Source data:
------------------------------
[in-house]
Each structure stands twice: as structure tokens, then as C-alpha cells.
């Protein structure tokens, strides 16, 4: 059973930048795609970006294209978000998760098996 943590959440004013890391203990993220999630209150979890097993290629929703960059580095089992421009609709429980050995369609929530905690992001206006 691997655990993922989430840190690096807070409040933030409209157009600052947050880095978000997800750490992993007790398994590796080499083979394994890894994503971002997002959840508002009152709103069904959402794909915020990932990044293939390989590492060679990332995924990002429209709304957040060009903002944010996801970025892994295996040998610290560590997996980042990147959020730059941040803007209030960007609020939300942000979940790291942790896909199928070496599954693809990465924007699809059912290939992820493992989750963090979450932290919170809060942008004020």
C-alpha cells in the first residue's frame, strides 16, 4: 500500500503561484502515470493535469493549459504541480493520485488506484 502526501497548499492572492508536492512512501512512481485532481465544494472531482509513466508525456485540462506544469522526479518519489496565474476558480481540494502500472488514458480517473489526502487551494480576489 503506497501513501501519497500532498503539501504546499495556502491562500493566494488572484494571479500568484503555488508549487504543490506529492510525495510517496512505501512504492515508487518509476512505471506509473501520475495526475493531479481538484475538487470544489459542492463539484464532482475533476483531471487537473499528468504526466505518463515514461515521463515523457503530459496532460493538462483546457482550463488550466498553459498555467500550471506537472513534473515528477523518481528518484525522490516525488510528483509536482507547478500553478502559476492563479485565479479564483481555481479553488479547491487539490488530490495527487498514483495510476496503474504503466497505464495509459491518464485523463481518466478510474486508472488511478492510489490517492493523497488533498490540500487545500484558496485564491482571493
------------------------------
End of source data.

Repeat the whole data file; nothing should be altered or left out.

[in-house]
Each structure stands twice: as structure tokens, then as C-alpha cells.
């Protein structure tokens, strides 16, 4: 059973930048795609970006294209978000998760098996 943590959440004013890391203990993220999630209150979890097993290629929703960059580095089992421009609709429980050995369609929530905690992001206006 691997655990993922989430840190690096807070409040933030409209157009600052947050880095978000997800750490992993007790398994590796080499083979394994890894994503971002997002959840508002009152709103069904959402794909915020990932990044293939390989590492060679990332995924990002429209709304957040060009903002944010996801970025892994295996040998610290560590997996980042990147959020730059941040803007209030960007609020939300942000979940790291942790896909199928070496599954693809990465924007699809059912290939992820493992989750963090979450932290919170809060942008004020």
C-alpha cells in the first residue's frame, strides 16, 4: 500500500503561484502515470493535469493549459504541480493520485488506484 502526501497548499492572492508536492512512501512512481485532481465544494472531482509513466508525456485540462506544469522526479518519489496565474476558480481540494502500472488514458480517473489526502487551494480576489 503506497501513501501519497500532498503539501504546499495556502491562500493566494488572484494571479500568484503555488508549487504543490506529492510525495510517496512505501512504492515508487518509476512505471506509473501520475495526475493531479481538484475538487470544489459542492463539484464532482475533476483531471487537473499528468504526466505518463515514461515521463515523457503530459496532460493538462483546457482550463488550466498553459498555467500550471506537472513534473515528477523518481528518484525522490516525488510528483509536482507547478500553478502559476492563479485565479479564483481555481479553488479547491487539490488530490495527487498514483495510476496503474504503466497505464495509459491518464485523463481518466478510474486508472488511478492510489490517492493523497488533498490540500487545500484558496485564491482571493